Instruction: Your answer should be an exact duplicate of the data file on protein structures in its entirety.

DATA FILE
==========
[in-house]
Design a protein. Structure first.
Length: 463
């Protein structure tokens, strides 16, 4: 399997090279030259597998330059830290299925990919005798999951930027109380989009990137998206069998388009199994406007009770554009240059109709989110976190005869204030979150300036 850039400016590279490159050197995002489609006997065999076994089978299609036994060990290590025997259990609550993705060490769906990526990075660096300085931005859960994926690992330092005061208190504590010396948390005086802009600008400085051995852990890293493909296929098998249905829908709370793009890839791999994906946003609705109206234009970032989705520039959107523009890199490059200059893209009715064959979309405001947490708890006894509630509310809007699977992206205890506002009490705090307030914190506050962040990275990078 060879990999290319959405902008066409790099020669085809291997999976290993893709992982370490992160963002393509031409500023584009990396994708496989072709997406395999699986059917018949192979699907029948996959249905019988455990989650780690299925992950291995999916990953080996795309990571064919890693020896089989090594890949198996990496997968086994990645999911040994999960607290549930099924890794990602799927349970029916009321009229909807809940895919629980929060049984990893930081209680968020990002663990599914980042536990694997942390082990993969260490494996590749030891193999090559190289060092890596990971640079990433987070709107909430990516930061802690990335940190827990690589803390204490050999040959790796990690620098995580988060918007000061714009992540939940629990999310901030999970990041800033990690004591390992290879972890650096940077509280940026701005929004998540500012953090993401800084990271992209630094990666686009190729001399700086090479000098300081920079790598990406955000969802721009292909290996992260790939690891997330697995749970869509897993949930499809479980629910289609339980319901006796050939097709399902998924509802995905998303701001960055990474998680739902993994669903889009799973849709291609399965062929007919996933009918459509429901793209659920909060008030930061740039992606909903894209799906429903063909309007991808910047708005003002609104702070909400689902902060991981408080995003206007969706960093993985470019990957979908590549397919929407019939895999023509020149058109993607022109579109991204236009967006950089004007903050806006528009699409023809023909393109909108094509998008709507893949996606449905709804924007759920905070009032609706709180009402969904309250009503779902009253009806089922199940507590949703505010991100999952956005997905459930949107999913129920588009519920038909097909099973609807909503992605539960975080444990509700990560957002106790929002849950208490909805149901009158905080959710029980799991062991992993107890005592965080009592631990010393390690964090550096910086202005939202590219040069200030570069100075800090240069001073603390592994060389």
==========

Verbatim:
[in-house]
Design a protein. Structure first.
Length: 463
């Protein structure tokens, strides 16, 4: 399997090279030259597998330059830290299925990919005798999951930027109380989009990137998206069998388009199994406007009770554009240059109709989110976190005869204030979150300036 850039400016590279490159050197995002489609006997065999076994089978299609036994060990290590025997259990609550993705060490769906990526990075660096300085931005859960994926690992330092005061208190504590010396948390005086802009600008400085051995852990890293493909296929098998249905829908709370793009890839791999994906946003609705109206234009970032989705520039959107523009890199490059200059893209009715064959979309405001947490708890006894509630509310809007699977992206205890506002009490705090307030914190506050962040990275990078 060879990999290319959405902008066409790099020669085809291997999976290993893709992982370490992160963002393509031409500023584009990396994708496989072709997406395999699986059917018949192979699907029948996959249905019988455990989650780690299925992950291995999916990953080996795309990571064919890693020896089989090594890949198996990496997968086994990645999911040994999960607290549930099924890794990602799927349970029916009321009229909807809940895919629980929060049984990893930081209680968020990002663990599914980042536990694997942390082990993969260490494996590749030891193999090559190289060092890596990971640079990433987070709107909430990516930061802690990335940190827990690589803390204490050999040959790796990690620098995580988060918007000061714009992540939940629990999310901030999970990041800033990690004591390992290879972890650096940077509280940026701005929004998540500012953090993401800084990271992209630094990666686009190729001399700086090479000098300081920079790598990406955000969802721009292909290996992260790939690891997330697995749970869509897993949930499809479980629910289609339980319901006796050939097709399902998924509802995905998303701001960055990474998680739902993994669903889009799973849709291609399965062929007919996933009918459509429901793209659920909060008030930061740039992606909903894209799906429903063909309007991808910047708005003002609104702070909400689902902060991981408080995003206007969706960093993985470019990957979908590549397919929407019939895999023509020149058109993607022109579109991204236009967006950089004007903050806006528009699409023809023909393109909108094509998008709507893949996606449905709804924007759920905070009032609706709180009402969904309250009503779902009253009806089922199940507590949703505010991100999952956005997905459930949107999913129920588009519920038909097909099973609807909503992605539960975080444990509700990560957002106790929002849950208490909805149901009158905080959710029980799991062991992993107890005592965080009592631990010393390690964090550096910086202005939202590219040069200030570069100075800090240069001073603390592994060389």